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Thomas Wentworth Higginson, John Greenleaf Whittier, Chapter 6: a division in the ranks (search)
ut more especially at those times when to speak Truth is dangerous. In 1840 Whittier's health had become impaired anew; his father had died, and his mother, sisterecome its leader, and that Caleb Cushing might espouse its cause. At one time Whittier and Henry B. Stanton were deputed by the American Antislavery Society to go thy public speakers who would take part in the war against slavery. Pickard's Whittier, I. 250. He had at one time planned, when he felt himself more in command of hsts and sometimes separated them into opposing ranks, little need be said, for Whittier was never personally combative, and though he was severely tested as to his peined there could be such people in the world as the Border Ruffians. With all Whittier's Arab look and his admiration of General Gordon, I think he would have found the still more difficult test of John Brown, this letter to Mrs. Child showed Whittier to be the non-resistant still:-- October 21st, [1859]. My dear friend,--I
Thomas Wentworth Higginson, John Greenleaf Whittier, Chapter 7: Whittier as a social reformer (search)
Chapter 7: Whittier as a social reformer It must be borne in mind, as regards Whittier, that hes and colours. As this controversy tested Whittier in an important light, I give a specimen passy gash the bosom of a young mother! Kennedy's Whittier, 275-79. It has been stated that Mr. WhitMr. Whittier at one time expressed to a member of the Massachusetts Historical Society his intention to prepharacters in fiction, the one who most caught Whittier's fancy was that indomitable old German, Lindeditors to take up this theme. A year later Whittier writes from Amesbury, whither he had removed:the building is to be converted into stores. Whittier himself, as I remember well, at Atlantic Cluball ever be introduced into the pulpit. Mr. Whittier published a card in the Boston Transcript ony way connected with the proceedings. To Whittier, as to many, including all advocates of univey the best and wisest of the land. Pickard's Whittier, II. 603-04. Whittier was the only one of[16 more...]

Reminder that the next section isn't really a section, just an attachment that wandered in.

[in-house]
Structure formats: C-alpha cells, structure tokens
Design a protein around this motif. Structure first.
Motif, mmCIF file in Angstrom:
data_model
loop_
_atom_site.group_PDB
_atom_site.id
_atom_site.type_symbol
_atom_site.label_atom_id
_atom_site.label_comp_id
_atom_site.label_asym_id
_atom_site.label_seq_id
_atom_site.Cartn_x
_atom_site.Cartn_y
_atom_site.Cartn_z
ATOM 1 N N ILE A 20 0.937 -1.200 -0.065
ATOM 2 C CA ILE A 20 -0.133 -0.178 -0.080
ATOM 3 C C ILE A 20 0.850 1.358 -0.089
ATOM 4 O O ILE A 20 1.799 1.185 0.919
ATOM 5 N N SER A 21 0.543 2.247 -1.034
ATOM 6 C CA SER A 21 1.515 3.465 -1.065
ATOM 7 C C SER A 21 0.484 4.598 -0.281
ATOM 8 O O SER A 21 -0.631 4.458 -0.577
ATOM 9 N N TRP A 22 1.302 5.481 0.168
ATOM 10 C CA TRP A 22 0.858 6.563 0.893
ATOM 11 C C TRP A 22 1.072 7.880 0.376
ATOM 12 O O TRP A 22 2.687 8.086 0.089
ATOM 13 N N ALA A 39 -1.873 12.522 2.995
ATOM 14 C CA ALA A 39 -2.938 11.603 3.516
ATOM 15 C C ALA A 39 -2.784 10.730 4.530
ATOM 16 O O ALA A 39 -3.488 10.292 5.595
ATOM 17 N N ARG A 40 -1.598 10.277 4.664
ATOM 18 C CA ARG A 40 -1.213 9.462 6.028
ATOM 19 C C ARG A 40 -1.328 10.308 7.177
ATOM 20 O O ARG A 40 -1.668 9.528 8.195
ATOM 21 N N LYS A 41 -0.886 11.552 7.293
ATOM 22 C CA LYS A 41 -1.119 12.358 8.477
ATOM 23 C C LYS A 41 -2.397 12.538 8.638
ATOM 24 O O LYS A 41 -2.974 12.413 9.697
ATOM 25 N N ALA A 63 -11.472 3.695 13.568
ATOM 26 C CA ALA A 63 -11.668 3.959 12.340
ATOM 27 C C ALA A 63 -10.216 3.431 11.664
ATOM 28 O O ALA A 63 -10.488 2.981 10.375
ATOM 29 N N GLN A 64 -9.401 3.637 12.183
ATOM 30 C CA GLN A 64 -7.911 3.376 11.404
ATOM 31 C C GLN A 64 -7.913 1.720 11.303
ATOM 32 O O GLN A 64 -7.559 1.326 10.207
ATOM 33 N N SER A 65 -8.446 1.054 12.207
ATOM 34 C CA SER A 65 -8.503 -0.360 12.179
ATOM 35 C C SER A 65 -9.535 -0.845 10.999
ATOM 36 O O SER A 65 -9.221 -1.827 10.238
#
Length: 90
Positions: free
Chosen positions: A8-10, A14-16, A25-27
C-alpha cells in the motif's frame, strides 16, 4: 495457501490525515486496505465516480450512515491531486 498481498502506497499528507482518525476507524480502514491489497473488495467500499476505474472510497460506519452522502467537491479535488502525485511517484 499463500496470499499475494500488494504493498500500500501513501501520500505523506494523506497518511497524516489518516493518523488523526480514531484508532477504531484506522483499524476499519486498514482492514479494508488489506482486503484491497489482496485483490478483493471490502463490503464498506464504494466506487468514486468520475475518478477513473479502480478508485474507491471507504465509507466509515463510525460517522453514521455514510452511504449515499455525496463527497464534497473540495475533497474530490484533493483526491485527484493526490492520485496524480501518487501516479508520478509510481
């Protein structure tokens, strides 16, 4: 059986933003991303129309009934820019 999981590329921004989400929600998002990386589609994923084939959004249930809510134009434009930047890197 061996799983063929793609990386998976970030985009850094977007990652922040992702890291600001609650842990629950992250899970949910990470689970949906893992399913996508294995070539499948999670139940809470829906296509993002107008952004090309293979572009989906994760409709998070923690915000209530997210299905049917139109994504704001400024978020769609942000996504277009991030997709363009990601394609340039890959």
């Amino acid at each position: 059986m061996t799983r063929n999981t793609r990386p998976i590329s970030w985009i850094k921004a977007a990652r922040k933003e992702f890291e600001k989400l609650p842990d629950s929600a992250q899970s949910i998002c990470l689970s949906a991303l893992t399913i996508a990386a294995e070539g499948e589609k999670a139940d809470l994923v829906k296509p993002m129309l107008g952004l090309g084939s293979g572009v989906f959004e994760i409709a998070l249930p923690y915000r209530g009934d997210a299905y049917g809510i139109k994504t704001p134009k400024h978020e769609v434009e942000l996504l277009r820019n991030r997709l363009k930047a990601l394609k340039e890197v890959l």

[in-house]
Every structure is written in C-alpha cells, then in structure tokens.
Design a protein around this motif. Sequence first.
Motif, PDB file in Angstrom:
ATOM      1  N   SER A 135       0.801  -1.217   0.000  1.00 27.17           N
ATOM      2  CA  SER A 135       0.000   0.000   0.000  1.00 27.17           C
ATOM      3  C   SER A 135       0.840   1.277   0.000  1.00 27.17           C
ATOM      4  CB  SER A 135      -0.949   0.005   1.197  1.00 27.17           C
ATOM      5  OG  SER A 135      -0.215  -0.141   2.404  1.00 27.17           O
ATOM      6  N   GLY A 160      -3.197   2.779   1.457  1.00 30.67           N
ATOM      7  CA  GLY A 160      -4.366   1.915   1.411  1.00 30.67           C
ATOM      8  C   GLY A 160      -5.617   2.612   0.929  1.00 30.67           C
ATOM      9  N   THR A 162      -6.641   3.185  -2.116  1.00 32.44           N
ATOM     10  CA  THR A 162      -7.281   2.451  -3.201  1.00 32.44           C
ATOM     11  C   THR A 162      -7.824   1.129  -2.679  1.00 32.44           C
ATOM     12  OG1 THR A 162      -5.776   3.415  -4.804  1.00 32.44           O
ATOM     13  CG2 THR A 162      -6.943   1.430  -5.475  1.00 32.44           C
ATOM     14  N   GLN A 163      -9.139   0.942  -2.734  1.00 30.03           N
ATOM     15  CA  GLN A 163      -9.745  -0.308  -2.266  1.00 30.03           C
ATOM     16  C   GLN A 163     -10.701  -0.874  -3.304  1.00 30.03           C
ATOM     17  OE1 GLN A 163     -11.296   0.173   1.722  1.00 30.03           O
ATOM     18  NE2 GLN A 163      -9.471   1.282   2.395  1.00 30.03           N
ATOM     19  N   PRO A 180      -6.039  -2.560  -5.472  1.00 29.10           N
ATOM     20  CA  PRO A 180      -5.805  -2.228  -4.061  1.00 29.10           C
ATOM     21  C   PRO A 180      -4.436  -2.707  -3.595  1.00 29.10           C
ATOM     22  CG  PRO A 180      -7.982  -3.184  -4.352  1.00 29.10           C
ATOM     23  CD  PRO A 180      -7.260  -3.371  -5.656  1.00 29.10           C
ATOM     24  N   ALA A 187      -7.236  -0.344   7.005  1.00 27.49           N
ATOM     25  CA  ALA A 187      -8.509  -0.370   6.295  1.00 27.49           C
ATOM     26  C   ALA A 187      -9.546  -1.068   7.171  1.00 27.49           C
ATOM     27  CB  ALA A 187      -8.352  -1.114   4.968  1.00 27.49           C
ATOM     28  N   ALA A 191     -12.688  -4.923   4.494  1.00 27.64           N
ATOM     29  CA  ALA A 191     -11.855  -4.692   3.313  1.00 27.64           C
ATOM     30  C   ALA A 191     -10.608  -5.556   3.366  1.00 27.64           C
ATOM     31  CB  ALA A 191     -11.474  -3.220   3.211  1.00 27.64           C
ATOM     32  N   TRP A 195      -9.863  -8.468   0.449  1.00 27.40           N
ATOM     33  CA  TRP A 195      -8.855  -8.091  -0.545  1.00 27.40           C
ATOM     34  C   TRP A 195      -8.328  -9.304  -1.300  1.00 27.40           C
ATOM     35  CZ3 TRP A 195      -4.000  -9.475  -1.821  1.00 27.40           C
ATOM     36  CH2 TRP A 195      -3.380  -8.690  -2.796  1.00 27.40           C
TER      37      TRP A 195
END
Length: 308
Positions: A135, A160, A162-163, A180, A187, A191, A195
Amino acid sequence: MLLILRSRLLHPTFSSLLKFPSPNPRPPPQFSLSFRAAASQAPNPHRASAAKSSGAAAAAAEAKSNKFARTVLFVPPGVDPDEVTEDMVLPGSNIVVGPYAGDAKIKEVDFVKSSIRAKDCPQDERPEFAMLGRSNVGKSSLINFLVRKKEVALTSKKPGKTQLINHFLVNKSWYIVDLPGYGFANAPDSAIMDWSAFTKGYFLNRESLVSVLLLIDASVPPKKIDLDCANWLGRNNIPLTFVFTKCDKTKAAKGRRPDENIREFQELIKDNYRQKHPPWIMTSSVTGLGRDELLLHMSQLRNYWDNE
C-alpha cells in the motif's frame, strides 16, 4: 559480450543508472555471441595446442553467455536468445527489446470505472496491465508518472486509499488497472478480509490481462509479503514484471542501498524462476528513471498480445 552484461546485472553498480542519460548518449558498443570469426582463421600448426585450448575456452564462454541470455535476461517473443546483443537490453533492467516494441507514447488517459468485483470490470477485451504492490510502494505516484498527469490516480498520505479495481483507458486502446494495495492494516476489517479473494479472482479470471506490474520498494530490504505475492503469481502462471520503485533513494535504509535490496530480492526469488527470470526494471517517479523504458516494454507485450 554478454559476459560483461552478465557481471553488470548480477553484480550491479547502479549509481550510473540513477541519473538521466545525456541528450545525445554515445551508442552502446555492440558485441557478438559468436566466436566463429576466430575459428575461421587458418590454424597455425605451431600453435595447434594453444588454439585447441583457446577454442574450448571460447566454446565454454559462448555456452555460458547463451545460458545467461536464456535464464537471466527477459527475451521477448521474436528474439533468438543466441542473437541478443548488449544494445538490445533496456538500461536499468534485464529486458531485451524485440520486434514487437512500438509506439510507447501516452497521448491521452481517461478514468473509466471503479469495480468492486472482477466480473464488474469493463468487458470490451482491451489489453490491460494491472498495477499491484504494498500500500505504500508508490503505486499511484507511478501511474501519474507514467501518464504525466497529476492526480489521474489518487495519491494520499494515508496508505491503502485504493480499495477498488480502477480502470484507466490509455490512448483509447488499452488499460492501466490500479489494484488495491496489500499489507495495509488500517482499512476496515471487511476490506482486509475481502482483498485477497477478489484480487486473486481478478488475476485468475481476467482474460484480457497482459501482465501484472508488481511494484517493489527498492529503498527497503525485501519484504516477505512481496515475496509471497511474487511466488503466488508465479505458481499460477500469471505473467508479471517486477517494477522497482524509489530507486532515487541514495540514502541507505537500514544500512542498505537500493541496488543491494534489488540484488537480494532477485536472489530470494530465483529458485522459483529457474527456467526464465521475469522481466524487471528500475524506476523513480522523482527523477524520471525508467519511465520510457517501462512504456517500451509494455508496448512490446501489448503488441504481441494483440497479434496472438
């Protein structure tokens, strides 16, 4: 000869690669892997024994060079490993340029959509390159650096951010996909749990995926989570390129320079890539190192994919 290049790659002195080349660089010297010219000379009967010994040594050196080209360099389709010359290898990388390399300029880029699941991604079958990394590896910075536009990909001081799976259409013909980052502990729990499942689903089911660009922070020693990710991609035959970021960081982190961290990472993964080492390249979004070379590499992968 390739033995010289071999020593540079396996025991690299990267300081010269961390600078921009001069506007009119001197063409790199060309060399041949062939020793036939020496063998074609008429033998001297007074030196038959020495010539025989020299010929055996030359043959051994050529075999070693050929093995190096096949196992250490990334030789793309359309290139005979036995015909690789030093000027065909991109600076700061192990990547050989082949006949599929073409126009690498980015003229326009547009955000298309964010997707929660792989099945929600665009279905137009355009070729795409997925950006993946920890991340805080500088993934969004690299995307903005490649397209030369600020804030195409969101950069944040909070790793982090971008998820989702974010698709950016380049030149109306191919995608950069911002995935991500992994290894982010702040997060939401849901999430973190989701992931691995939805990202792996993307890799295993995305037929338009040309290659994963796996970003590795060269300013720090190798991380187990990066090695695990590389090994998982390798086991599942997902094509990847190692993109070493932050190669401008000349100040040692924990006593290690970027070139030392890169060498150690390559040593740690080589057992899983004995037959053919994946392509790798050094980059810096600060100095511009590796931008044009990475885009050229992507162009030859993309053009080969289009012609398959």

Thomas Wentworth Higginson, John Greenleaf Whittier, Chapter 8: personal qualities (search)
t give to the works which interested her; yet Whittier was distinctly treading a similar path when h the best meetings I ever attended. Kennedy's Whittier, pp. 167-68. No one came nearer to WhittWhittier in all good deeds or in private intimacy than the late Mrs. Mary B. Claflin, well known in Bostoverge of a great moral lapse a marked copy of Whittier than any other book in our language. She goepresident replied, Go to the library and take Whittier's poems, sit down by your window and read Theieted by being persuaded to sit down and read Whittier's poem on The eternal Goodness. These wereother subjects. He had, it seems, translated Whittier's Cry of a lost soul into Portuguese. When, like a fool. A woman said to me yesterday, Mr. Whittier, your smile is a benediction. As I was waland self-withdrawing in conversation although Whittier might be, he was never caught at a disadvanta was excluded save under disguise, I remember Whittier's glances of subdued amusement while Lowell a[22 more...]